Wednesday, August 27, 2008
Well, I suddenly find myself relating to it. I don't buy the same spice over and over again (except for my three jars of cumin), but it seems I do buy quite a few things without looking in the cabinet to see what I already have and end up with duplicates and triplicates.
Look what I found while trying to reorganize last night.
What is all of this stuff? Let's see: (Most measurements are approximate)
1 cup couscous
3/4 pound semolina
1 pound bulk polenta (in two separate bags due to buying twice)
1 pound medium grain white rice
1 pound brown basmati rice
1 cup regular long-grain brown rice (is it bad that I decided to just combine them in one jar?)
Scant cup of bulk barley
Scant cup of bulk orzo
1 pound cornmeal (in two bags, purchased twice)
8/10 pound almond meal
3/4 pound matzoh meal
1 cup arborio rice
1 lb carnaroli rice (I didn't combine these)
1/2 bag coconut (not pictured)
I need better cupboard organziation so I can more easily see what I have before I shop! At the very least, I need to make some checks before I shop.
But for the time being, I won't shop. I have a cabinet full of grains. It's time I put them to use. I intend to use up every last bit of this stuff by the end of the year.
I'm coming up with ideas for how to use all of this stuff. The rice and barley will be perfectly good side dishes for weeknight meals. The polenta will be too. The orzo can go into a soup. I can make semolina cakes, and even make some pasta if I have the time. Coconut will be handy for desserts (I have one in mind for next week). Risotto is a great weeknight meal or for a first course in a diner party. I can make lots of cornbread. I have no excuses for not making my own for the cornbread stuffing at Thanksgiving. Not to mention I just saw a great cornbread variation on the blogs. Cornmeal and almond meal make great breading for chicken and fish. The almond meal can also be used in desserts. The Matzoh meal means latkes for the hubby.
This is going to be interesting. You will be seeing a lot of similar ingredients happening in this blog for a while
Tuesday, August 26, 2008
Recently I discovered a wonderful recipe at Use Real Butter. URB, is an excellent blog for many reasons. It's quite well written and entertaining. The photography is splendid. Then there is the FOOD. Every recipe and photo looks and sounds exquisite (even the stuff I don't eat looks great). Jen is talented on many fronts. Of course like many of my favorite blogs, the name drew me in. Shouldn't we all use real butter?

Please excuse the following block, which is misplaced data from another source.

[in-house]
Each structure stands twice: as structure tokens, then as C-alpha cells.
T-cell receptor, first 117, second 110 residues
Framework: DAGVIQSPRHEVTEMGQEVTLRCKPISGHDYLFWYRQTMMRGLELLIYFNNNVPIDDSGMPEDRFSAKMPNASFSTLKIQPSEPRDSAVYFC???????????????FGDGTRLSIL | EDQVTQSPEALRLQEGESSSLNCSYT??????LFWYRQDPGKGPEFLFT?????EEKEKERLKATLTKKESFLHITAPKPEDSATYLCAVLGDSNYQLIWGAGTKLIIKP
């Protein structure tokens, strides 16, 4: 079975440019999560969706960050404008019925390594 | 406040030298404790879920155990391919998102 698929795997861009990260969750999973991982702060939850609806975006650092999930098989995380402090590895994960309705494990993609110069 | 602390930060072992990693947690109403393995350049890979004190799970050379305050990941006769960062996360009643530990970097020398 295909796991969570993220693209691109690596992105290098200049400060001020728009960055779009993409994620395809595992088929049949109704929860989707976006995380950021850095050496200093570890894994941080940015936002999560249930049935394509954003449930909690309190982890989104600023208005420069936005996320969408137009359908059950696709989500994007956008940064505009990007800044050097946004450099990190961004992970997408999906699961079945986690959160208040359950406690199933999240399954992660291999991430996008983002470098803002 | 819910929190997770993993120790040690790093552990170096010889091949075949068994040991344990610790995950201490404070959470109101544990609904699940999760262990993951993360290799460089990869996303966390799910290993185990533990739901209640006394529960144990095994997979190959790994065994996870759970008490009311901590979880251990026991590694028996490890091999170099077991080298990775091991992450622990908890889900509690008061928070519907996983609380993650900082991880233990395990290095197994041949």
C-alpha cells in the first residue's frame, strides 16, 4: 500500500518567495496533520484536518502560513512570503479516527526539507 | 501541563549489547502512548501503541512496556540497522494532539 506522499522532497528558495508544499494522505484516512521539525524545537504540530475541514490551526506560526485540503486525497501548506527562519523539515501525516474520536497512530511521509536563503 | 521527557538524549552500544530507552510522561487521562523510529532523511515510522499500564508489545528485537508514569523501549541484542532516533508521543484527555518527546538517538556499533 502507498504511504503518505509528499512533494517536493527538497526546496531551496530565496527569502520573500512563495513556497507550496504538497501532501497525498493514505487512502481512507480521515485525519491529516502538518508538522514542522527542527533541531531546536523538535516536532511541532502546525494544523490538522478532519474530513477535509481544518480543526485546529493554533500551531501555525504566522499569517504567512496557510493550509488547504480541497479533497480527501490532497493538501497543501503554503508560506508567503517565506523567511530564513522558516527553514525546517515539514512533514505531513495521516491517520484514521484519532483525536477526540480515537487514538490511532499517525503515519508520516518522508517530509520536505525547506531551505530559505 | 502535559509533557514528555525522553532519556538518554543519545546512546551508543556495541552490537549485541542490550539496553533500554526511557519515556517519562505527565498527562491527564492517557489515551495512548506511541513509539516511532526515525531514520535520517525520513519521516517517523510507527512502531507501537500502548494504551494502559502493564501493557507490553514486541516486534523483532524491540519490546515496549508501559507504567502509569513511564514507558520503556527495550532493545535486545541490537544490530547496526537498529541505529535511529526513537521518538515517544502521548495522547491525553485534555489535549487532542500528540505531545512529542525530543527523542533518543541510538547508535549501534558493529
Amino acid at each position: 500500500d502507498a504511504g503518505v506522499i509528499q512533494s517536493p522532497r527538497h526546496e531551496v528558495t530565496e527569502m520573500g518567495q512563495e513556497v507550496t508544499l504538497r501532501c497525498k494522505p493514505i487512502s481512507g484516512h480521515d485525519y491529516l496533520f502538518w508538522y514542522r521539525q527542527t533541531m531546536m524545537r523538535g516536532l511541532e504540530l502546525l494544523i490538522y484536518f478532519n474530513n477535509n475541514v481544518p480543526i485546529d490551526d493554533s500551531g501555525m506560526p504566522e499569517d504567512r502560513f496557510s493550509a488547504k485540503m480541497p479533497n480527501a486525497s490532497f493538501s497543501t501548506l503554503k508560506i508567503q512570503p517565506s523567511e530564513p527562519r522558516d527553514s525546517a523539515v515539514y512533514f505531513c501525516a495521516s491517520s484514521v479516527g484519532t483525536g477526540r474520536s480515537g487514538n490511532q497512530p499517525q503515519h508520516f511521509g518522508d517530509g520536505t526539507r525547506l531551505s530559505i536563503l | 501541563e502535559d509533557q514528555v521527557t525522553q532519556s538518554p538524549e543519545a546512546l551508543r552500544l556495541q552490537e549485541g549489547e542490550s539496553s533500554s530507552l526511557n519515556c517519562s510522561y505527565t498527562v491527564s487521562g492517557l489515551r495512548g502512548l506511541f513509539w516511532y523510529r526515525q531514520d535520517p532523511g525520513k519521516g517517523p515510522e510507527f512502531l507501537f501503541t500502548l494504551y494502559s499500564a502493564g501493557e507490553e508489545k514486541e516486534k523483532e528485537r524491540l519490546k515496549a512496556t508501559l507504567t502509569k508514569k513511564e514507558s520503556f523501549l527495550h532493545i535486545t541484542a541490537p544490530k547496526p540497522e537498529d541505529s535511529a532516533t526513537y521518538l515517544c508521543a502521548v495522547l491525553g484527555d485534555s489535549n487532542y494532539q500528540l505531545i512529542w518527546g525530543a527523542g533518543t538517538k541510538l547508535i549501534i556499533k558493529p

The recipe that made me decide that repeating myself if a good thing is her Pistachio Chocolate Chip Blondies. I have made a recipe with pistachios before (repeat of recipe element), and I have also recently made blondies (repeat of recipe type). Still, I could not resist these. Pistachio nuts, chocolate, crispy bits, and lots of sugar and butter are always an irresistible combination.
I hit one slight snag in making these.
Whole Foods carries pistachios already out of the shell - if you're willing to pay for them. (To be fair I can also get them at Trader Joe's for less money, but they're out of the way for me.) I've been having a lean week financially and really need to limit my shopping to my neighborhood A&P. They only carry the nuts in the shells. I had to spend a little time getting the shells off the nuts. That's not an easy task. Doing the actual shelling is easy, but not eating the nuts as I pull them from the shells is not. After I shelled them, I put them in a sieve and shook them for a while to get all of that excess salt off. We were good to go.
The recipe was super-easy to mix up. I think I had the batter together in 10 minutes. This recipe scores a 10 for ease.
I was a little concerned about how little batter there was. The ratio of batter/bits seemed a bit low. I was afraid my blondies would be too thin, especially since the only leavening was a single egg. Would my blondies be substantial? The recipe did include instructions on how to double it. Had I been smart I would have done so, but that would have meant more chips, more nuts, more butter, and more money spent.
Well, they were pretty substantial. They were full of yummy chocolate and the nut flavors were awesome (great idea to use the almond extract along with the vanilla). I made the mistake of underbaking them a bit. I was so paranoid about the "crunchy edge" problem I had with the last blondies that I made that I took them out a little soon. Better underbaked than overbaked though.
Another little glitch is that Rice Krispies don't stay crispy in milk, nor do they stay crispy in blondies. These were a little chewy. While these tasted awesome, the cereal lost them a few points for texture.
The real flaw in this recipe? There weren't enough of them! I am totally doubling the recipe the next time I make these! They disappeared almost as soon as I brought them to the office.